A mechanic friend of mine has a 1993 LX 5.0 w/AOD in slightly rough condition he is looking to get rid of. I can pick it up now, complete but not running, for $1800. If I do not buy it, he plans to get it running but otherwise not fix it up and sell it for $3k or so. (Read More…)
Here’s my dilemma: Bought a 1983 5.0 Cougar for my wife as her “weekend” car, but the TBI was problematic and the seats were terribly uncomfortable. Dumped the Cougar, and bought a loaded 1985 F-150 with 5.0 and power everything, then sprayed it in Mustang Redfire Metallic red, but she wanted something more “sporty.”
So I traded the pickup for a 1971 Torino coupe with a 351W and 3 speed auto (pictured here).
It is one thing to recognize the legendary status of Mr. Shelby and the original Cobras, including the 427 S/C, and quite another to assert that purchasers and potential
purchasers view Cobra continuations or replicas, sold primarily as kits, which employ the Cobra 427 S/C Design as coming from a single source. The fact that Cobra replicas, sold primarily as kits, which employ the 427 S/C Design, have been sold by numerous third parties for more than three decades, including between 2002 and 2009, precludes us from drawing that conclusion. Accordingly, we find applicant’s evidence based on media coverage of Mr. Shelby and all of the Cobras not probative of the issue of acquired distinctiveness.
That’s right, the Shelby Cobra has been officially copied to death, according to a recent ruling by the US Patent Office’s Trademark Trial and Appeal Board [in PDF here]. The board’s finding was complex, as proving “distinctiveness” takes a lot of doing, but the upshot is that so many Cobra replicas have been built, consumers don’t actually think of the original (Shelby-designed) Cobras when they see one. Had Shelby sued every single kit car maker since day one, he’d have the legal rights to his design, but in the years since 1968, the term “Cobra” has come to mean more than the specific Shelby Cobra 289 or Shelby Cobra 427 S/C. In fact, a survey used to try to prove the distinctiveness of the Shelby designs in the eyes of consumers may have even used a photo of a 289 to illustrate a 427 S/C… even the guy running the survey wasn’t sure. The moral of Caroll Shelby’s legal battle to own the rights to anything resembling an original Cobra: never stop suing the kit car makers. Or, just be happy with the millions of dollars and legend status you’ve already accumulated.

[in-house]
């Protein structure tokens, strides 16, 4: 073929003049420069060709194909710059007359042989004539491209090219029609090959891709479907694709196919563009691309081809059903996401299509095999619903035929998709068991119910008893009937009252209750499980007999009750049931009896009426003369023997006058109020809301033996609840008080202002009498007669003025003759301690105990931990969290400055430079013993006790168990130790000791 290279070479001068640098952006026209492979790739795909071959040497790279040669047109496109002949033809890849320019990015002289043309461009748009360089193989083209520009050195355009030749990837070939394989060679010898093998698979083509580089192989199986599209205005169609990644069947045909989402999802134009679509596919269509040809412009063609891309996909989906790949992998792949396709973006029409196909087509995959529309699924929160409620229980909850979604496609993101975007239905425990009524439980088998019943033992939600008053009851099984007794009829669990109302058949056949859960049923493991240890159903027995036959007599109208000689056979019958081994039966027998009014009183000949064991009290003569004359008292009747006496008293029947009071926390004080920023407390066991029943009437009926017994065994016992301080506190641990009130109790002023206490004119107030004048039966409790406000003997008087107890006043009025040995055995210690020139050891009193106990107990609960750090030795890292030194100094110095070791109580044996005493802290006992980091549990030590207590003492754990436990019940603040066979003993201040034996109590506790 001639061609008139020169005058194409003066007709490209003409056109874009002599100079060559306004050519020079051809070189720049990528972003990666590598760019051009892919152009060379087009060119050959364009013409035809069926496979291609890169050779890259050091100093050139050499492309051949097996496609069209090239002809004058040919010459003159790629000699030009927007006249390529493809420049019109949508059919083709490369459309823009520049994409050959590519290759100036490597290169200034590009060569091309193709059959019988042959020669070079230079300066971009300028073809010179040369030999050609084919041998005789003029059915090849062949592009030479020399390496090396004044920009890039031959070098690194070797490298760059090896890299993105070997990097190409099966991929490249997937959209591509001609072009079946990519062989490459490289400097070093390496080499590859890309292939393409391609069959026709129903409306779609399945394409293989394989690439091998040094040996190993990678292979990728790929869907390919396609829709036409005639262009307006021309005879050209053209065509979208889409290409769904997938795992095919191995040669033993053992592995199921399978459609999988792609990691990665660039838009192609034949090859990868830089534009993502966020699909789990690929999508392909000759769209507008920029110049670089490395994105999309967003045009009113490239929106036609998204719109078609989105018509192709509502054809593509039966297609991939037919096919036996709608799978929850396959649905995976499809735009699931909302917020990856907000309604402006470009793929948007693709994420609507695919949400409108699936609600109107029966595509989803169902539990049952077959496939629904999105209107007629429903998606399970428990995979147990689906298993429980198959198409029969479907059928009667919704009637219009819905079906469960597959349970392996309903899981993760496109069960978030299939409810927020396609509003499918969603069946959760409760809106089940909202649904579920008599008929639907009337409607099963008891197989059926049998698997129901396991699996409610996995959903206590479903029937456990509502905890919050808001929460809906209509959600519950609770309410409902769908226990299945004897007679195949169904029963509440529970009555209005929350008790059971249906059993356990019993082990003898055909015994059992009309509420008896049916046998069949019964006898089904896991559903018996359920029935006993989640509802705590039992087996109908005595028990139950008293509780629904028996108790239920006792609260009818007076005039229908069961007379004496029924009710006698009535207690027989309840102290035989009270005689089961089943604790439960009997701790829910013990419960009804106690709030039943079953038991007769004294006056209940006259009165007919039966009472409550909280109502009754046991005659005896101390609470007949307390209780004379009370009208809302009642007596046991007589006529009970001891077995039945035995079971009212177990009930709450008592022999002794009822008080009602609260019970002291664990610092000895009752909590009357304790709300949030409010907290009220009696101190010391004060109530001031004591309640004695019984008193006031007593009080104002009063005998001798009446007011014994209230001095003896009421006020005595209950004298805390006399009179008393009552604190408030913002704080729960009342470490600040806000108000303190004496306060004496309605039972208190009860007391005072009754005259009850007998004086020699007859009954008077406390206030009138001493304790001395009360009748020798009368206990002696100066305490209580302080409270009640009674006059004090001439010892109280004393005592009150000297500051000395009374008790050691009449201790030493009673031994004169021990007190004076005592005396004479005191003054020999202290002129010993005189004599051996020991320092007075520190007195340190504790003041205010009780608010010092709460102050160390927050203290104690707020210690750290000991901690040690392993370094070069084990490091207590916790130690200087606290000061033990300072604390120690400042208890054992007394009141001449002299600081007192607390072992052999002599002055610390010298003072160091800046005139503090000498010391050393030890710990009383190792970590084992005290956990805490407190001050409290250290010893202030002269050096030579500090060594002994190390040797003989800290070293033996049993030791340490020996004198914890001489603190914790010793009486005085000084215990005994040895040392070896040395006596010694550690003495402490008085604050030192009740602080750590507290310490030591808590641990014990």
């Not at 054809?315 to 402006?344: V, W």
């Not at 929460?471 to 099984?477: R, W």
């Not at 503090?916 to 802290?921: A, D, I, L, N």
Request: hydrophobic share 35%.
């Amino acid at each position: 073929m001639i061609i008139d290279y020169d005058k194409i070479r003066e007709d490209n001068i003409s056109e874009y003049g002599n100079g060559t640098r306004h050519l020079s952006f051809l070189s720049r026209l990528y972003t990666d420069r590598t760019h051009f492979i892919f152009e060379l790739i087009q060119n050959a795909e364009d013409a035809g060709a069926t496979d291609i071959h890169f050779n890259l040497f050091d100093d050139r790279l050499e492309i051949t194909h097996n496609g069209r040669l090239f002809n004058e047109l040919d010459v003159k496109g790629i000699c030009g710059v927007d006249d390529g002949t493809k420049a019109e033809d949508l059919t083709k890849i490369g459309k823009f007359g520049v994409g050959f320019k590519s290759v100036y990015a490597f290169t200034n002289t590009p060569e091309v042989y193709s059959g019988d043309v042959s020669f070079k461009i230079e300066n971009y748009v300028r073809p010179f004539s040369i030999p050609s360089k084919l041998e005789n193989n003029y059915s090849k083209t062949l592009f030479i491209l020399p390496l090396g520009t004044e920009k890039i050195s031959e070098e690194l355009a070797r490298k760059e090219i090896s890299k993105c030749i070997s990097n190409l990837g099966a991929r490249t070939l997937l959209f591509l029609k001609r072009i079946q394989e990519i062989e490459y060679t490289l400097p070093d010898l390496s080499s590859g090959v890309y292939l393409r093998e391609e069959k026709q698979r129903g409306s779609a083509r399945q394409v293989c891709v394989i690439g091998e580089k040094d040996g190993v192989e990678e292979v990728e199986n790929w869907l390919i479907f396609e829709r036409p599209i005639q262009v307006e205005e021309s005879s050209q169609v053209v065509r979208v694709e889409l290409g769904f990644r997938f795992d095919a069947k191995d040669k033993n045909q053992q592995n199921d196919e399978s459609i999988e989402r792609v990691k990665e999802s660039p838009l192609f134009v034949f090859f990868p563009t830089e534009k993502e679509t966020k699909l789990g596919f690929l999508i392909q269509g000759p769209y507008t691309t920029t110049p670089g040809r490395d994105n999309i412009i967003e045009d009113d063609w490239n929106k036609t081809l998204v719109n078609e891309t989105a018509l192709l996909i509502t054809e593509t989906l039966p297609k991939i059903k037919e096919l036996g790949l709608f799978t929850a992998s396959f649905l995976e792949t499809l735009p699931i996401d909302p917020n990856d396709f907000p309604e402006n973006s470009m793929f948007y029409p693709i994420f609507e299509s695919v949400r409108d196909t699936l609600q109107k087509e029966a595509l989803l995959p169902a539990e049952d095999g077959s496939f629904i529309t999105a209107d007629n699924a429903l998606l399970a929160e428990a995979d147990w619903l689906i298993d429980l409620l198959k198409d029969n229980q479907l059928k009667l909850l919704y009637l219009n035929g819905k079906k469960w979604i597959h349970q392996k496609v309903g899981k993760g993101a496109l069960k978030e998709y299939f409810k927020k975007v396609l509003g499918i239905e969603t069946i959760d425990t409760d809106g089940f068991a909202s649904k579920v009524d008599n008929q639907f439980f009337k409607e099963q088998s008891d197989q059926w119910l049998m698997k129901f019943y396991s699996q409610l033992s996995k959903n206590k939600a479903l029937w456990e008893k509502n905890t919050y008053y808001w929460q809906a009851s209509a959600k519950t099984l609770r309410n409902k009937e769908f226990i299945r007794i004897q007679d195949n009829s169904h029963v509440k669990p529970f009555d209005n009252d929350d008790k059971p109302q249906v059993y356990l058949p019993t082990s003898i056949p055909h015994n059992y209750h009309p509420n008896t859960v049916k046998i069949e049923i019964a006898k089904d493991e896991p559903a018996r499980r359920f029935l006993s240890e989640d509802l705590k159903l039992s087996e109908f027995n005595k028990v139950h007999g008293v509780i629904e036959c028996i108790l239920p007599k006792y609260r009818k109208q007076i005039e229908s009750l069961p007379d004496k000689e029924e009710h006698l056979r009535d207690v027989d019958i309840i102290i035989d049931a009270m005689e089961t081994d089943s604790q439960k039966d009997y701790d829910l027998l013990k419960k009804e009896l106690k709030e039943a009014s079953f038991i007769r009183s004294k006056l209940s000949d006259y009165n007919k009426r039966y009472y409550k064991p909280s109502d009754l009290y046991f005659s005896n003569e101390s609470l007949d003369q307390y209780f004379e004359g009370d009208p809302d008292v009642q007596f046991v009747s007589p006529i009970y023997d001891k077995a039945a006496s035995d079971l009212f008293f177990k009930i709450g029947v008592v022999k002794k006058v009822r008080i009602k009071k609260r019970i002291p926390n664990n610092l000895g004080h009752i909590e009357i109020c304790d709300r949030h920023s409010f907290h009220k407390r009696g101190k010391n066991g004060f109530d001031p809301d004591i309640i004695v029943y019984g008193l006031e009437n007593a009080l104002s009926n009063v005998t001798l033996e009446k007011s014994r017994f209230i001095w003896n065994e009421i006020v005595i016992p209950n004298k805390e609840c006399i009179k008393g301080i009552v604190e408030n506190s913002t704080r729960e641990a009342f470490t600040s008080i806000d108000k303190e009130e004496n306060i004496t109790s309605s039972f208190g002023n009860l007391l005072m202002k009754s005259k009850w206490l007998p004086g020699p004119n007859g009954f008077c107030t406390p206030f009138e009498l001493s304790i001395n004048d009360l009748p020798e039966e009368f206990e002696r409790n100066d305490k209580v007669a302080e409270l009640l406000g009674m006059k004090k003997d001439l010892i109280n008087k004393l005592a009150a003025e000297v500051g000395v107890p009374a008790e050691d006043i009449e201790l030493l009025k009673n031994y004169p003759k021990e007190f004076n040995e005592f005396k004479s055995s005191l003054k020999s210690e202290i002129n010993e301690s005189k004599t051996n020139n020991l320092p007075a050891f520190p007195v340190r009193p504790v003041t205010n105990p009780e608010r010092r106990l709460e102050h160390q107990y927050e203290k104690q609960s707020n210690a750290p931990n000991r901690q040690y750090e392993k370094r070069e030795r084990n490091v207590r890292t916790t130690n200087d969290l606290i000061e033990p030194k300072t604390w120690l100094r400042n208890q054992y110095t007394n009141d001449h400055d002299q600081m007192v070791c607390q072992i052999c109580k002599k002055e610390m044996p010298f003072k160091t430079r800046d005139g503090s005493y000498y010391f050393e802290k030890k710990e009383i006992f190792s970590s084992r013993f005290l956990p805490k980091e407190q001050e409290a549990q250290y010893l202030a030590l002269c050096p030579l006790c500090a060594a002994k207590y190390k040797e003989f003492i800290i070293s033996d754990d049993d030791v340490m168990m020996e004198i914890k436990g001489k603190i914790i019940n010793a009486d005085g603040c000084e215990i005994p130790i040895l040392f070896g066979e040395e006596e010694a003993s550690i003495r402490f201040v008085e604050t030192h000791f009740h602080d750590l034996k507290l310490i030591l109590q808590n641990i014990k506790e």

The Shelby 427 Cobra is a curious car. There are few vehicles that more worthily deserve the description iconic. The originals are so historically significant and rare that each is worth hundreds of thousands of dollars (and in the case of the six Daytona Coupes, millions), yet stylistically identical replicas are ubiquitous. Chances are, if you see a Cobra, it’s probably not real baby seal. Over the decades thousands of replica Cobras have been produced to varying degrees of fidelity by a variety of kit car and turnkey manufacturers. When Carroll Shelby realized that he couldn’t sue the replicar makers into submission, he decided to make his own “continuation series” Cobra replicas (in your choice of carbon fiber, fiberglass or original aluminum bodies). He’s also come to a licensing agreement with Superformance, who make superb Cobra and Daytona Coupe reproductions. I’m a big supporter of the idea of intellectual property, and Ol’ Shel is entitled to make a living off his name and accomplishments, but Carroll Shelby’s proprietary attitude towards the Cobra borders on the absurd.
Powered By Ford. There’s something special about those words, something iconic, something that evokes nightmares of an uniquely American scope, from our first family cross-country trips in a 1954 Ford that perpetually overheated and stalled from vapor lock (when it actually started) to the last one, Mother’s craptastic 1981 Escort (replaced by a Civic) that could barely do seventy wheezing unsteadily along the rain-soaked I-70 straight. Powered by Ford. It’s the peeling logo hastily slapped onto the valve covers of this five-liter Mustang II, but you won’t need to raise the hood to understand what it means. The first time this pathetic lump of an engine tries to suck air through its tiny two-barrel carburetor and wheezes its feeble exhaust through soda-straw sized tailpipes, it will be more than crystal clear. (Read More…)